# Imaging using refraction and its application on prisms

I stumbled upon a problem when trying to explain how a spectrometer with a prism works based on geometrical optics.

I started from the basic example of image formation based on refraction as it is given in the figure below.

What I next did is to see if the distance $$h_1$$ depends in some way on the angle $$i$$ and after some calculations I got $$h_1 = h_0 \cdot \sqrt{1-\frac{1-\frac{n_2^2}{n_1^2}}{cos^2(i)}}$$

which implies that it does depend on that angle.

My problem now is related to the idea behind image formation. In order to consider something to be an image, the rays have to intersect into a point, which, based on the above formula, does not happen. Each pair of 2 rays will intersect in a different point.

I tried this online app to check this and the result checked. A caustic appears, not an image in the classical sense.

So the problem is as follows. There is no image formation in the sense that I have mentioned above. However all of us have seen that an image does indeed exist by personal experience. How can this be explained by use of geometrical optics alone?

And on the topic that interested me, that of a prism used as a spectrometer, this implies that the image changes if I change the viewing angle (since this also changes slightly the incident angle). Doesn't this affect the position of spectral lines based on the viewing angle?

EDIT

As it was requested, I went through the calculation behind the formula in order to check if I got it right. A step-by-step description follows.

$$d = h_0 \cdot tg(i) = h_i \cdot tg(r)$$

from which $$h_i$$ can be written as

$$h_i = h_0 \frac{sin(i) \cdot cos(r)}{sin(r) \cdot cos(i)}.$$

I replace $$sin(r)$$ with Snell formula which gives

$$h_i = h_0 \frac{n_2}{n_1} \cdot \frac{cos(r)}{cos(i)}.$$

Rewrite $$cos(r)$$ using $$1=sin^2(r)+cos^2(r)$$ and use Snell formula again so

$$h_i = h_0 \frac{n_2}{n_1} \cdot \frac{\sqrt{1-(\frac{n_1}{n_2} sin(i))^2}}{cos(i)}.$$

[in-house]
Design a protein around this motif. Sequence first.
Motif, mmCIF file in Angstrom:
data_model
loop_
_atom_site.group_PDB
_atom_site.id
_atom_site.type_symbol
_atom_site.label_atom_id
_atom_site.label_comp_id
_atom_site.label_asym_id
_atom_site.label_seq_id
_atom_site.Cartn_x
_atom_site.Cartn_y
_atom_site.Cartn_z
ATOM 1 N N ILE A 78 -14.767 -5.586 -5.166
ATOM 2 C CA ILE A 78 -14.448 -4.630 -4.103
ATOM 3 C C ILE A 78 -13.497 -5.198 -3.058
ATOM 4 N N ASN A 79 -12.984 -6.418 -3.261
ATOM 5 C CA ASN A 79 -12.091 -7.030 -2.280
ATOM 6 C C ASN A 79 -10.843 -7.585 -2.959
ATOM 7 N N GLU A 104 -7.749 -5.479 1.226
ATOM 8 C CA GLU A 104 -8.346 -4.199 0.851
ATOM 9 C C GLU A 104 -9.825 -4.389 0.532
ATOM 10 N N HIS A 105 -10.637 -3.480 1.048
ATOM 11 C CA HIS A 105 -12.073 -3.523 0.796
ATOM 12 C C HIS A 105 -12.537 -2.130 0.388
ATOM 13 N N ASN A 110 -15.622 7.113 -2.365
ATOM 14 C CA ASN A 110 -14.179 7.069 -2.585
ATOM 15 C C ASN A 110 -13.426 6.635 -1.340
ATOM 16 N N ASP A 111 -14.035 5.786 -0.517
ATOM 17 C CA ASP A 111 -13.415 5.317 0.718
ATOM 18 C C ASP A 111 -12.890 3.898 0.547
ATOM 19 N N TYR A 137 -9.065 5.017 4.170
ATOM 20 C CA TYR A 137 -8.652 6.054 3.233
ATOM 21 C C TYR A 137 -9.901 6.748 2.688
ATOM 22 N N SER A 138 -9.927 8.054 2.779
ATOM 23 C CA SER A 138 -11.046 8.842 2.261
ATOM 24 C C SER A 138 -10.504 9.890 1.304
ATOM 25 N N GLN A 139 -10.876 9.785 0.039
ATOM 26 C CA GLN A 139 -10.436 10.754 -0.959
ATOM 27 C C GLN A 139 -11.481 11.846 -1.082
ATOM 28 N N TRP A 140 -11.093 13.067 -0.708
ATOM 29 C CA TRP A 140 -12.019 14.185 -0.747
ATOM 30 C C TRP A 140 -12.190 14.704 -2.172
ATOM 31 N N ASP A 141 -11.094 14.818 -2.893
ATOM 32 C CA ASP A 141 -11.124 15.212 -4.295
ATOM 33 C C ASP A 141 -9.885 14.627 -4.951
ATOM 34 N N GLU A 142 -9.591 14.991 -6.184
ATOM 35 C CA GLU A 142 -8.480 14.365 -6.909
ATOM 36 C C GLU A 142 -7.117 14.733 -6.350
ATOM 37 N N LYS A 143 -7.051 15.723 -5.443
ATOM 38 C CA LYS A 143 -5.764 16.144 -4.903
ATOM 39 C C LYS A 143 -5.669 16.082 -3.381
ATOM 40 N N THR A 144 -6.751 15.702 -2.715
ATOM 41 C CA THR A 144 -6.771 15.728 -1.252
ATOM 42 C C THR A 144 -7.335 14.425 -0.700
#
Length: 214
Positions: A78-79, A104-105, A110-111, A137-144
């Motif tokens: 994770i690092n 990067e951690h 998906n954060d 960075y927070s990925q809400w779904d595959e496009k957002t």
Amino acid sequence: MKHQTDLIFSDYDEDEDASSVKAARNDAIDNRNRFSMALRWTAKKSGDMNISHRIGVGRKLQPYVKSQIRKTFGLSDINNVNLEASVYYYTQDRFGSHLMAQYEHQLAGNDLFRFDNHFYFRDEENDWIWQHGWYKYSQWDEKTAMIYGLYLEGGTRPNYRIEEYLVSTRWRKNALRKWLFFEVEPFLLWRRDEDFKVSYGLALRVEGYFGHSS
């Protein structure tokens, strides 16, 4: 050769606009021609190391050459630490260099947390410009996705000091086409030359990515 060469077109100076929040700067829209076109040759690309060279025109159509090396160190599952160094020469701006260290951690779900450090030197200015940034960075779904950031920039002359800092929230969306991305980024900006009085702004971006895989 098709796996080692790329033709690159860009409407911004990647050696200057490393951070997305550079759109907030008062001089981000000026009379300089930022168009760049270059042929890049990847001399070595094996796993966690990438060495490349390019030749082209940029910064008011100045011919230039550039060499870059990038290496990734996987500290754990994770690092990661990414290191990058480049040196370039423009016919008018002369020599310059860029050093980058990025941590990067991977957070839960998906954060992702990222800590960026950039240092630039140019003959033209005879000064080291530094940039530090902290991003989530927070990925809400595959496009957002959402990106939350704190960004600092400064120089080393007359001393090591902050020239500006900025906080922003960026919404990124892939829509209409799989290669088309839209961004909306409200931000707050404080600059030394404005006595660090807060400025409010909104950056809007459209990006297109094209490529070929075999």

Get everything under the square root except $$h_0$$ which gives

$$h_i = h_0 \sqrt{\frac{(\frac{n_2}{n_1})^2-sin^2(i)}{cos^2(i)}}.$$

Change $$sin(i)$$ into a $$cos$$ as above and the initial formula is obtained

$$h_i = h_0 \sqrt{\frac{(\frac{n_2}{n_1})^2-1+cos^2(i)}{cos^2(i)}} = h_0 \sqrt{1-\frac{1-(\frac{n_2}{n_1})^2}{cos^2(i)}}.$$

I think your calculation is correct except for leaving out $$h_0$$ then putting it back as $$h_i$$ but the final equation appears correct. I calculated what's multiplying $$h_0$$ for a few angles in degrees. For 5 and 6 deg the result is 0.6634 and 0.6620 i.e. very close. For 25 deg the result is 0.5688.

I think what you're encountering here is just the aberration at a plane interface. The rays at larger angles do not meet those at smaller angles at a single image location. Refer to Images formed by refraction under the second diagram of the air/water interface where they discuss the small angle approximation. In your equation, if the angle i is small then cos(i) is approximately 1 and what multiplies $$h_0$$ is just the ratio of the indices. So for small angles, the result is independent of i and the rays appear to come from the same point in the image.

• I should add that when you view an immersed object, only a narrow range of ray angles enters your eyes so these appear to come from the same location below the surface. Sep 24, 2020 at 2:21
• I will accept your answer and post my version also since I think that I found an explanation. Sep 24, 2020 at 9:42

The problem in my setup is that I assumed that I have a point-like source (rays in all directions) and not a plane wave like one. I did a second run on the geometric optics simulator and got this the following image. I used a lens with a point source in its focal point in order to generate parallel rays. I then sent the rays through the prism and used a second lens to focus the beam and it looked quite well focused.

Going back to the initial image in the question, I got to the following "results":

• One has to assume that all the rays are parallel in order to have an image by adding a lens, or, for our day to day experience, the eye lets in rays that are very close to being parallel, while the crystalline lens does the focusing.
• For both cases, images are not formed, where by image I am referring to a point onto which all the rays (or their extensions) intersect. For the point source it is given by the formula, while for the plane wave one needs a lens added to the basic setup.